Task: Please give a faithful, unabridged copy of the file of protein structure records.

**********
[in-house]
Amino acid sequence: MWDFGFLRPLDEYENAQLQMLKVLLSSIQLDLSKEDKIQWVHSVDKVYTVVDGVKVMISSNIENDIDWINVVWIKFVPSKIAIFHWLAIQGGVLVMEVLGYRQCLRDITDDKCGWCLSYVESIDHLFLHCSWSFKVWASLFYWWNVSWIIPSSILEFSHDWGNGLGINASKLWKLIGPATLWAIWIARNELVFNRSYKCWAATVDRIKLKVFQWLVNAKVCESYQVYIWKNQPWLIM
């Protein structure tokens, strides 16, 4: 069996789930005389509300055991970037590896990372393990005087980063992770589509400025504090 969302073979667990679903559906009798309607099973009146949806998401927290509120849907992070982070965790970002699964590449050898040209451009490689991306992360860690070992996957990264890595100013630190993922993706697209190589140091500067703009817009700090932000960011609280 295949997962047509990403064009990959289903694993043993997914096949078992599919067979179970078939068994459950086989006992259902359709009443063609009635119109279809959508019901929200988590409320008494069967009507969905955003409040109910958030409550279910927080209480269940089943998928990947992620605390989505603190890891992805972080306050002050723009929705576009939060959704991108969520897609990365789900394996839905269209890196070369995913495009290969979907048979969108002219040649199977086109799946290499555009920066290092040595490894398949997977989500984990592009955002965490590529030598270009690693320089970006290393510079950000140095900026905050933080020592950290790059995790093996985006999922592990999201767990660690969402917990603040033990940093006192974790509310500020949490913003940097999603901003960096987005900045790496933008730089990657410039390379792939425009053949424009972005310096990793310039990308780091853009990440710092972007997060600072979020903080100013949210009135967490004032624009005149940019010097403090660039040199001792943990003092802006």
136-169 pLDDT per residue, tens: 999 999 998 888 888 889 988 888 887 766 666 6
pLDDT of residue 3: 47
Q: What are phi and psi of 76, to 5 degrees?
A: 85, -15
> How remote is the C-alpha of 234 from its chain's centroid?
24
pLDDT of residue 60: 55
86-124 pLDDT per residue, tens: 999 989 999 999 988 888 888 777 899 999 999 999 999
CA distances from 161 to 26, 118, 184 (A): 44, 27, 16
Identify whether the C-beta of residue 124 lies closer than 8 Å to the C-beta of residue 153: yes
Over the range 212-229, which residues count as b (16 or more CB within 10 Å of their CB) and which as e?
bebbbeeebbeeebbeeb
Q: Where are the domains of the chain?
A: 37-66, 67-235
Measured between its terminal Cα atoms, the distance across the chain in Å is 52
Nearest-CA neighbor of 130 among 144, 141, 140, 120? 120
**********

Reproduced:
[in-house]
Amino acid sequence: MWDFGFLRPLDEYENAQLQMLKVLLSSIQLDLSKEDKIQWVHSVDKVYTVVDGVKVMISSNIENDIDWINVVWIKFVPSKIAIFHWLAIQGGVLVMEVLGYRQCLRDITDDKCGWCLSYVESIDHLFLHCSWSFKVWASLFYWWNVSWIIPSSILEFSHDWGNGLGINASKLWKLIGPATLWAIWIARNELVFNRSYKCWAATVDRIKLKVFQWLVNAKVCESYQVYIWKNQPWLIM
């Protein structure tokens, strides 16, 4: 069996789930005389509300055991970037590896990372393990005087980063992770589509400025504090 969302073979667990679903559906009798309607099973009146949806998401927290509120849907992070982070965790970002699964590449050898040209451009490689991306992360860690070992996957990264890595100013630190993922993706697209190589140091500067703009817009700090932000960011609280 295949997962047509990403064009990959289903694993043993997914096949078992599919067979179970078939068994459950086989006992259902359709009443063609009635119109279809959508019901929200988590409320008494069967009507969905955003409040109910958030409550279910927080209480269940089943998928990947992620605390989505603190890891992805972080306050002050723009929705576009939060959704991108969520897609990365789900394996839905269209890196070369995913495009290969979907048979969108002219040649199977086109799946290499555009920066290092040595490894398949997977989500984990592009955002965490590529030598270009690693320089970006290393510079950000140095900026905050933080020592950290790059995790093996985006999922592990999201767990660690969402917990603040033990940093006192974790509310500020949490913003940097999603901003960096987005900045790496933008730089990657410039390379792939425009053949424009972005310096990793310039990308780091853009990440710092972007997060600072979020903080100013949210009135967490004032624009005149940019010097403090660039040199001792943990003092802006």
136-169 pLDDT per residue, tens: 999 999 998 888 888 889 988 888 887 766 666 6
pLDDT of residue 3: 47
Q: What are phi and psi of 76, to 5 degrees?
A: 85, -15
> How remote is the C-alpha of 234 from its chain's centroid?
24
pLDDT of residue 60: 55
86-124 pLDDT per residue, tens: 999 989 999 999 988 888 888 777 899 999 999 999 999
CA distances from 161 to 26, 118, 184 (A): 44, 27, 16
Identify whether the C-beta of residue 124 lies closer than 8 Å to the C-beta of residue 153: yes
Over the range 212-229, which residues count as b (16 or more CB within 10 Å of their CB) and which as e?
bebbbeeebbeeebbeeb
Q: Where are the domains of the chain?
A: 37-66, 67-235
Measured between its terminal Cα atoms, the distance across the chain in Å is 52
Nearest-CA neighbor of 130 among 144, 141, 140, 120? 120